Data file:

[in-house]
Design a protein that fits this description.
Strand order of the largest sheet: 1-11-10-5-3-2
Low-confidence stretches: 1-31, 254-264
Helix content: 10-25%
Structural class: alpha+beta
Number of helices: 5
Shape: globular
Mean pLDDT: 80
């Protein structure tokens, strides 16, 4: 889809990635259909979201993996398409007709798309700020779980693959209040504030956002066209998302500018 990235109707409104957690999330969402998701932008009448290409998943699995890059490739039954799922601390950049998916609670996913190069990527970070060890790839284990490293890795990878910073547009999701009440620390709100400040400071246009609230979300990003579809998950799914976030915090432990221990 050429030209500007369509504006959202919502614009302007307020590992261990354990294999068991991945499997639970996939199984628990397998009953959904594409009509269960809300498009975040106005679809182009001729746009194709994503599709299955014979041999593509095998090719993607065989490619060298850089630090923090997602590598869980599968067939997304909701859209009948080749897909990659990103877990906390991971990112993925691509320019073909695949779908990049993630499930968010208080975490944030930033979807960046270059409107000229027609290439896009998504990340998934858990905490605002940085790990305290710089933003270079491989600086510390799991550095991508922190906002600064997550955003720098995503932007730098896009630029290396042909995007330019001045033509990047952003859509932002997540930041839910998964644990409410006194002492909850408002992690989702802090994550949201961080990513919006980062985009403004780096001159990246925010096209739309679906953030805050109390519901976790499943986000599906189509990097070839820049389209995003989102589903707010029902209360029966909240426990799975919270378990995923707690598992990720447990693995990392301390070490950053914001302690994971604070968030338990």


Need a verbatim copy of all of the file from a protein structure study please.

[in-house]
Design a protein that fits this description.
Strand order of the largest sheet: 1-11-10-5-3-2
Low-confidence stretches: 1-31, 254-264
Helix content: 10-25%
Structural class: alpha+beta
Number of helices: 5
Shape: globular
Mean pLDDT: 80
């Protein structure tokens, strides 16, 4: 889809990635259909979201993996398409007709798309700020779980693959209040504030956002066209998302500018 990235109707409104957690999330969402998701932008009448290409998943699995890059490739039954799922601390950049998916609670996913190069990527970070060890790839284990490293890795990878910073547009999701009440620390709100400040400071246009609230979300990003579809998950799914976030915090432990221990 050429030209500007369509504006959202919502614009302007307020590992261990354990294999068991991945499997639970996939199984628990397998009953959904594409009509269960809300498009975040106005679809182009001729746009194709994503599709299955014979041999593509095998090719993607065989490619060298850089630090923090997602590598869980599968067939997304909701859209009948080749897909990659990103877990906390991971990112993925691509320019073909695949779908990049993630499930968010208080975490944030930033979807960046270059409107000229027609290439896009998504990340998934858990905490605002940085790990305290710089933003270079491989600086510390799991550095991508922190906002600064997550955003720098995503932007730098896009630029290396042909995007330019001045033509990047952003859509932002997540930041839910998964644990409410006194002492909850408002992690989702802090994550949201961080990513919006980062985009403004780096001159990246925010096209739309679906953030805050109390519901976790499943986000599906189509990097070839820049389209995003989102589903707010029902209360029966909240426990799975919270378990995923707690598992990720447990693995990392301390070490950053914001302690994971604070968030338990």